Senator Charles Grassley (R-IA), who has spearheaded the effort to increase ethanol use under the RFS and earlier this year persuaded President Trump to allow the year-round sale of E15, expressed confidence that the Administration would not back out of the deal—although he cautioned that his approval would be determined based on the details “in writing” proposed by EPA. Following Administrator Wheeler’s statements, Senator Grassley took to Twitter saying “EPA needs to follow the law of 15B gallons” and that farmers were “counting on” President Trump.
President Trump has been seeking a biofuels deal to assuage farmers hurt by the trade war with China and angered by EPA’s August decision to grant 31 small refinery waivers. EPA has until November 2019 to issue its 2020 RFS blending requirements.
EPA Issues Atlanta Area RVP Final Rule
After publishing its prepublication version on Thursday, EPA issued its final rule relaxing federal Reid Vapor Pressure (RVP) gasoline volatility standards for the greater Atlanta metropolitan area. The rule approves a request from Georgia to relax the RVP standard from June 1 to September 15th each year for Cherokee, Clayton Cobb, Coweta, DeKalb, Douglas, Fayette, Forsyth, Fulton, Gwinnett, Henry, Paulding, and Rockville counties (the Atlanta RVP area).
Specifically, EPA “approv[ed] amendments to allow the gasoline RVP for the Atlanta RVP area to change from 7.8 pounds per square inch (psi) to 9.0 psi.” The rule is effective on October 20, 2019.
SIGMA is pleased that EPA positively responded to its comments on the proposed rule by establishing the effective date of the final rule after completion of the summer driving season.
Bipartisan Bill to Ban Flavored Tobacco Products, Increase Cigarette and E-Cigarette Taxes Introduced
On September 19th, Representatives Pete King (R-NY) and Tom Suozzi (D-NY) introduced the “Quell Underage Inhaling of Toxic Substances Act” or QUITS Act.
According to a press release announcing the legislation, the bill would:
- Ban flavored e-cigarettes and other flavored tobacco products
- Increase the federal tax on cigarettes from $1 per pack to $3 per pack
- Create a tax on e-cigarette products equivalent to $3 per pack
- Increase annual funding for the Centers for Disease Control and Prevention (CDC)’s Office on Smoking and Health from $210 million to $500 million
Representative Suozzi said he introduced the bill to “discourage people from smoking and vaping and get toxic tobacco products out of the hands of young people.” “It is imperative that Congress explore means to end this epidemic and ensure the well-being of our youth,” Representative King said.
As of this printing, the bill number and text were not yet available.
Congress to Extend Government Funding into November
This week, Congress reached an agreement to extend funding for the federal government until November 21st. Absent such an agreement, the government would shut down when current spending authority expires on September 30th. The agreement is designed to give Congress additional time to negotiate the details of the $1.3 trillion spending package for fiscal year 2020, which continues to be complicated by Democrats’ objections to inclusion of funding for President Trump’s border wall. The House approved the agreement yesterday by a vote of 301-123 and the Senate is expected to vote on it next week.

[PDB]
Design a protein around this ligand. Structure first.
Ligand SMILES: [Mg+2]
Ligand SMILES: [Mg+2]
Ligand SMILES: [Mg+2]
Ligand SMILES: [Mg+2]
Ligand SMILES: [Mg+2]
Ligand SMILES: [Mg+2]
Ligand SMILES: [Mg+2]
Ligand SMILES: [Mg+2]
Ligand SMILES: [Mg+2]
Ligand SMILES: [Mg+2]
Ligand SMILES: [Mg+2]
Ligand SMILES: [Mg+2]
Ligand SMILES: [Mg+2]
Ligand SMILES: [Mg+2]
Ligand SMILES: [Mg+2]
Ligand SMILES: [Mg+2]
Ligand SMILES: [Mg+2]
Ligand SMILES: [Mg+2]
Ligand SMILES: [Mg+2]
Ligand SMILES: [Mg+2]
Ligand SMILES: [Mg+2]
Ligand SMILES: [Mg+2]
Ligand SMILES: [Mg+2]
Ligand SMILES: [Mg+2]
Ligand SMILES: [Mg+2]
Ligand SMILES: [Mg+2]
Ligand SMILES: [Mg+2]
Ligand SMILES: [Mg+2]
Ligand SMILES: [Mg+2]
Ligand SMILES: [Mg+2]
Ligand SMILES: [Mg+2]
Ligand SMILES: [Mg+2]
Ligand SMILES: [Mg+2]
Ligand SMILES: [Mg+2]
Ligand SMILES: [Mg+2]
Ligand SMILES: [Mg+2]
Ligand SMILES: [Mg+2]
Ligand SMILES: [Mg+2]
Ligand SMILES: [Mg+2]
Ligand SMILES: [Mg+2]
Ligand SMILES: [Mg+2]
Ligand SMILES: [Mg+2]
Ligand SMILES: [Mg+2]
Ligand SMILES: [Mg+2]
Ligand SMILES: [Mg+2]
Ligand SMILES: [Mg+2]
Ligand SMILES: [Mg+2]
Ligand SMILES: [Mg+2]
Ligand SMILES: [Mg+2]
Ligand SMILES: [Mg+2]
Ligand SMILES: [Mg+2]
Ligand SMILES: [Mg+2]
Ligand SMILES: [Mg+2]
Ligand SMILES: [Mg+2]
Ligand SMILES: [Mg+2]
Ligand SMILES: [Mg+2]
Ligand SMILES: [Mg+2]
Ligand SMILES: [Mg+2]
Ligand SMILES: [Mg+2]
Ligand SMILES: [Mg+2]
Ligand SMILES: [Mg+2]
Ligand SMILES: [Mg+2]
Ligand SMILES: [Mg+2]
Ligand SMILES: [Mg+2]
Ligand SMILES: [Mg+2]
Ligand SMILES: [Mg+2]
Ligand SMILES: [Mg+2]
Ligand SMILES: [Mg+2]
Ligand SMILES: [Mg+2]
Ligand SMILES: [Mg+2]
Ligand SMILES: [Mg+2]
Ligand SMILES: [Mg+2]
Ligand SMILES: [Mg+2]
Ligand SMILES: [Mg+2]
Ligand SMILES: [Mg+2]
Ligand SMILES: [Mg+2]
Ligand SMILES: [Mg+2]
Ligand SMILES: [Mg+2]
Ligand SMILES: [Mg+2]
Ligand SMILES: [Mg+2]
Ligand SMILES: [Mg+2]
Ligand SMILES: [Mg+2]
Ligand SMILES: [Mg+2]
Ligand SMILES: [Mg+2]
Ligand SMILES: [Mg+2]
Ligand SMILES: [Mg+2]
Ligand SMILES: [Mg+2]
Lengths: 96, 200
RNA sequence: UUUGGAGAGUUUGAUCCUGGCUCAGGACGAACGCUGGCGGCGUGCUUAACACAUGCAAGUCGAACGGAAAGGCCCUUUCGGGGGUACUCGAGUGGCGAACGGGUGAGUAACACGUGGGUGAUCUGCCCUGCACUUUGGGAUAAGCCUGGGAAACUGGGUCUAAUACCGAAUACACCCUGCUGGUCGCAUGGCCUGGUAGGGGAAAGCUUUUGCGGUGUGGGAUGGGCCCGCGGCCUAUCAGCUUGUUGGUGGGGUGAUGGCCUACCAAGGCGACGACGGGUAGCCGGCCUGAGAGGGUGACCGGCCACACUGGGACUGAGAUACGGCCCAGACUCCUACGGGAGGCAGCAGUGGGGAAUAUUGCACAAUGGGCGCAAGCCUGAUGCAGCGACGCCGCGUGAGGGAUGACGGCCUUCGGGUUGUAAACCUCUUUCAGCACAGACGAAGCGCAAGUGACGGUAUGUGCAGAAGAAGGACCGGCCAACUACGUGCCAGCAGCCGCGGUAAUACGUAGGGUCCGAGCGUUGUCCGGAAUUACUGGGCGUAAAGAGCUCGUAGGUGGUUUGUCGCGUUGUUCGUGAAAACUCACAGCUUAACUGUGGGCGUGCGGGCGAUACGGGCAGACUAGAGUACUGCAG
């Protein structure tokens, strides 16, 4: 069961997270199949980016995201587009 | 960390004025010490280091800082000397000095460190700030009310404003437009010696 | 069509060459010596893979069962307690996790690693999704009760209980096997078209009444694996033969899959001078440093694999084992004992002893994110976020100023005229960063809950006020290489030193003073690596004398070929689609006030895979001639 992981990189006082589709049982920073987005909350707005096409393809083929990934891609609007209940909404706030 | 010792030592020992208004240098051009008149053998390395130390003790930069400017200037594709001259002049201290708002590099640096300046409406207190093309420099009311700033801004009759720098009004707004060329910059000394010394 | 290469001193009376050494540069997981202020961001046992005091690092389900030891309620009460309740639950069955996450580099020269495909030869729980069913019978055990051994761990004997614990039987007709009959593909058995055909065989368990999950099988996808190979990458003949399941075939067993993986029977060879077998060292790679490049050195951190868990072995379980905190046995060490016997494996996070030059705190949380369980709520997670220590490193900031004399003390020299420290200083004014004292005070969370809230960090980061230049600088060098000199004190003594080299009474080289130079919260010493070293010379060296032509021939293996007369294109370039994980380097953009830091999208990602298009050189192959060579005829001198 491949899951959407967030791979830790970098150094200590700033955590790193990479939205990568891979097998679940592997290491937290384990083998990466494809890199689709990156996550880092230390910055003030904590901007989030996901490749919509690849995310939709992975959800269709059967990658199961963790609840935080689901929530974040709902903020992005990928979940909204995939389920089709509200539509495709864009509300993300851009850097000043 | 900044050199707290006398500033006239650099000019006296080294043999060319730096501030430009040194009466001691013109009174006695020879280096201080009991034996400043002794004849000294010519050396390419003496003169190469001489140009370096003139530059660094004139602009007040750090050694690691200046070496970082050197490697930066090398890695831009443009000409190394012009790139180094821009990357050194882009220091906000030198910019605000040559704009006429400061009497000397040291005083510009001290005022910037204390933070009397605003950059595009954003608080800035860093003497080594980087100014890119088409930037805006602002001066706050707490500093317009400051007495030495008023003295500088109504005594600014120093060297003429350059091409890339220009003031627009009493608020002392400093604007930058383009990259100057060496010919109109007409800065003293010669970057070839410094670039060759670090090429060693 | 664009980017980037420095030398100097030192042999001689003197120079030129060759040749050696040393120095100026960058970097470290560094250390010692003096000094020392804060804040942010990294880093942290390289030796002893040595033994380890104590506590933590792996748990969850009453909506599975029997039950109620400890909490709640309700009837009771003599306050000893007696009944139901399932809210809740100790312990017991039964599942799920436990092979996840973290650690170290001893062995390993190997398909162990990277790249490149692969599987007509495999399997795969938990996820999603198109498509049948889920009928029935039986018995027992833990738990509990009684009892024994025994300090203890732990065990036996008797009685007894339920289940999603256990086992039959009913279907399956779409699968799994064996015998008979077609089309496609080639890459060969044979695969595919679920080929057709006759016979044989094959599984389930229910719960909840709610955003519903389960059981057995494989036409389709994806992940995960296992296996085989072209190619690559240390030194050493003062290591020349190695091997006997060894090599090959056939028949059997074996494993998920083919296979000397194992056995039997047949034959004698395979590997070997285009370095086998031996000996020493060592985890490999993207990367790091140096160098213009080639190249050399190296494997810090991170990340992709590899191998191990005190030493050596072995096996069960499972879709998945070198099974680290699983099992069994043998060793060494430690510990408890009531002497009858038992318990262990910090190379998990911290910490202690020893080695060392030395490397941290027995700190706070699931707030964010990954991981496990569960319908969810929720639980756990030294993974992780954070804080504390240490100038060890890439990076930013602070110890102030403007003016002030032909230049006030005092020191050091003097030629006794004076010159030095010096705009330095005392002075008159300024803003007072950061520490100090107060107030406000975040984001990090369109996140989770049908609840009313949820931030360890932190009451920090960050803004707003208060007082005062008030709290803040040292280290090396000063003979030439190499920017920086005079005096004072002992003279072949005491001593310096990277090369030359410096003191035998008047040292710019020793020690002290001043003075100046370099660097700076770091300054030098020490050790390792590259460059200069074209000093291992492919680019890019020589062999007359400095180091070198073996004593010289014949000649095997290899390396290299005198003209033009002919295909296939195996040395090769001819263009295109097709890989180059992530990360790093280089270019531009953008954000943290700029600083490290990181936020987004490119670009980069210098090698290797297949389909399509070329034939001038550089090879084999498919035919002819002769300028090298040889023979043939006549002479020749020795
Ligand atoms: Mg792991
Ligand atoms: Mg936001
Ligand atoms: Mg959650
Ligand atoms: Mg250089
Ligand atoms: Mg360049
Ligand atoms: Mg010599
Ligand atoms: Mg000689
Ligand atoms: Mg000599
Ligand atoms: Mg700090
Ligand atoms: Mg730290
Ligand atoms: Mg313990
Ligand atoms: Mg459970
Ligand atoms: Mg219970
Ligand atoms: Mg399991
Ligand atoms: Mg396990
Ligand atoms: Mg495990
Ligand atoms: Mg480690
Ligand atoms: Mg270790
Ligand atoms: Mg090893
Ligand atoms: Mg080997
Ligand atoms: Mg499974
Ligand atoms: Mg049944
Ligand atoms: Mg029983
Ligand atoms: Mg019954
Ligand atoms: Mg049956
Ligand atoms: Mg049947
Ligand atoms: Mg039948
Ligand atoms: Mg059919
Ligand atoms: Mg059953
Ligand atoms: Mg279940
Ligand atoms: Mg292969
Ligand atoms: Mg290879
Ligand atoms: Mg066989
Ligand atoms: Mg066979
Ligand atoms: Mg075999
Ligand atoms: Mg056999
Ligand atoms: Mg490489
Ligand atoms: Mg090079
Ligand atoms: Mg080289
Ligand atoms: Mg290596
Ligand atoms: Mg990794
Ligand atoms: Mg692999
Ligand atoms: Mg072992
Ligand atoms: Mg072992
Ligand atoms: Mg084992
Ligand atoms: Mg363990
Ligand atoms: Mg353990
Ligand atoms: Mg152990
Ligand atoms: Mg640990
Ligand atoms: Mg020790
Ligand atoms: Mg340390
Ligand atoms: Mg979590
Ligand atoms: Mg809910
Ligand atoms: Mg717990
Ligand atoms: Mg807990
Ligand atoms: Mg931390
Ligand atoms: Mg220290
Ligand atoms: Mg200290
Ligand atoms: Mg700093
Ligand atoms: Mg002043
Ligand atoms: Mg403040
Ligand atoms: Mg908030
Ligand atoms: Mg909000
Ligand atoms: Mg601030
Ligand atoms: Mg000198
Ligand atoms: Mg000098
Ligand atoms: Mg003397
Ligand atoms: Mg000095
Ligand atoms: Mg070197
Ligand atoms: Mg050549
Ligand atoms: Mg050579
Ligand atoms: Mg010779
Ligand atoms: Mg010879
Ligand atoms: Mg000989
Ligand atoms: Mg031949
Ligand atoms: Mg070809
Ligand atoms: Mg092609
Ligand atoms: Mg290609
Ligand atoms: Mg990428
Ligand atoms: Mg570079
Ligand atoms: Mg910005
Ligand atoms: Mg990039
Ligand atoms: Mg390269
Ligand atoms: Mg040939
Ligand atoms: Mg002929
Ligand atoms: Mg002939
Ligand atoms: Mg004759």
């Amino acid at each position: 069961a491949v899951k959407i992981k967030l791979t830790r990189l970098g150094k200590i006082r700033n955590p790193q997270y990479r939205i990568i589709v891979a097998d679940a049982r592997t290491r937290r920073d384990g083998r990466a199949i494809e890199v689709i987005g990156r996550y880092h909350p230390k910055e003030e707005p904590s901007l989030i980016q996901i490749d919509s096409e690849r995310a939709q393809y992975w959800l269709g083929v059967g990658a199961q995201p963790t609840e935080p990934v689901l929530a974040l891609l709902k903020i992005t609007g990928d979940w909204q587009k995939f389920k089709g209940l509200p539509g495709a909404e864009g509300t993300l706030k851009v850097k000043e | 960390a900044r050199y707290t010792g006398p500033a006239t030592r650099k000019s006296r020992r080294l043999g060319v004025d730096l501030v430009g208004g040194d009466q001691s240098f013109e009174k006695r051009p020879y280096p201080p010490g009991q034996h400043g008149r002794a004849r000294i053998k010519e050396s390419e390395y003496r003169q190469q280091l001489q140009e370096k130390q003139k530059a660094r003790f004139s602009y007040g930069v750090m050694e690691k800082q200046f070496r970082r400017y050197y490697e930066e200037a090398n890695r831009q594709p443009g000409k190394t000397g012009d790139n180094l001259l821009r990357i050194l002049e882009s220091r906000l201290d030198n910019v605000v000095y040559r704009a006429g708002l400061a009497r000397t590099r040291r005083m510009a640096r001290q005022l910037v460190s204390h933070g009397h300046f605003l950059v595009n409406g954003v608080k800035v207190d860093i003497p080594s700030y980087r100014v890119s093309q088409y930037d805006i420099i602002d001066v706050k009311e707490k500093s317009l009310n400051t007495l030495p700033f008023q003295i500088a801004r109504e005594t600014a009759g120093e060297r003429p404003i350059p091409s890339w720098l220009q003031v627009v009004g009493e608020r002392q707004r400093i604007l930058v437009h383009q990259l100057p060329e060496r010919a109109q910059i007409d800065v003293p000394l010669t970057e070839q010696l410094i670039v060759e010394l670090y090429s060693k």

The agreement does not contain language to prevent $7.6 billion in rescission of highway contract authority that is scheduled to go into effect on July 1, 2020 that is required by a provision in the last highway bill. It does, however, contain a provision to waive the so-called “Rostenkowski rule,” which mandates a reduction in highway funding when the amount of unfunded transit authorizations exceed projected Highway Trust Fund receipts for the next four years. That rule would have been triggered on October 1st, resulting in a 12 percent reduction in highway spending.
House Democrats Considering Green Energy Tax Package
The House Ways and Means Committee is planning to begin work on a clean energy tax package. Reportedly, the package could include extensions and/or expansions of a number of credits, including the one for electric vehicles (EVs). The EV tax credit extension could follow the lines of a bill introduced earlier this year by Representative Dan Kildee (D-MI), which would extend the existing EV tax credit to benefit manufacturers who have hit the credit’s threshold of vehicles produced. It is also likely that the package will include extensions and expansions of incentives for other industries such as solar, wind, and energy storage. Negotiations, however, are still underway on the package.
It is possible that the clean energy package could become part of the broader negotiation between Democrats and Republicans over tax extenders, including the biofuel blenders’ credit.
It’s Not Too Late to Register for the SIGMA Annual Conference!
It’s not too late to register for the SIGMA Annual Conference November 4-6 in Austin, Texas!
SIGMA’s Annual Conference is the largest gathering of SIGMA members throughout the year. CEO’s, presidents, and knowledge leaders in the fuel marketing sphere attend this unparalleled forum for in-depth education, networking and innovative business strategy reviews.
Make Plans Now to Join SIGMA in Vail for the 2020 Executive Leadership Conference
It is not too early to make plans to join SIGMA in Vail February 2-4 for the 2020 Executive Leadership Conference! Morning workshop education allows a deep dive into the topic with afternoons free for networking on the slopes.
REASONS TO ATTEND:
EDUCATION. In depth education sessions on topics relevant to your business' success.
MARKETER CONTACTS. Meet some of the savviest marketers in the business!
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NETWORKING. Share best practices through face-to-face conversations.
VAIL. One of the largest ski resorts in the world and an extraordinary winter destination.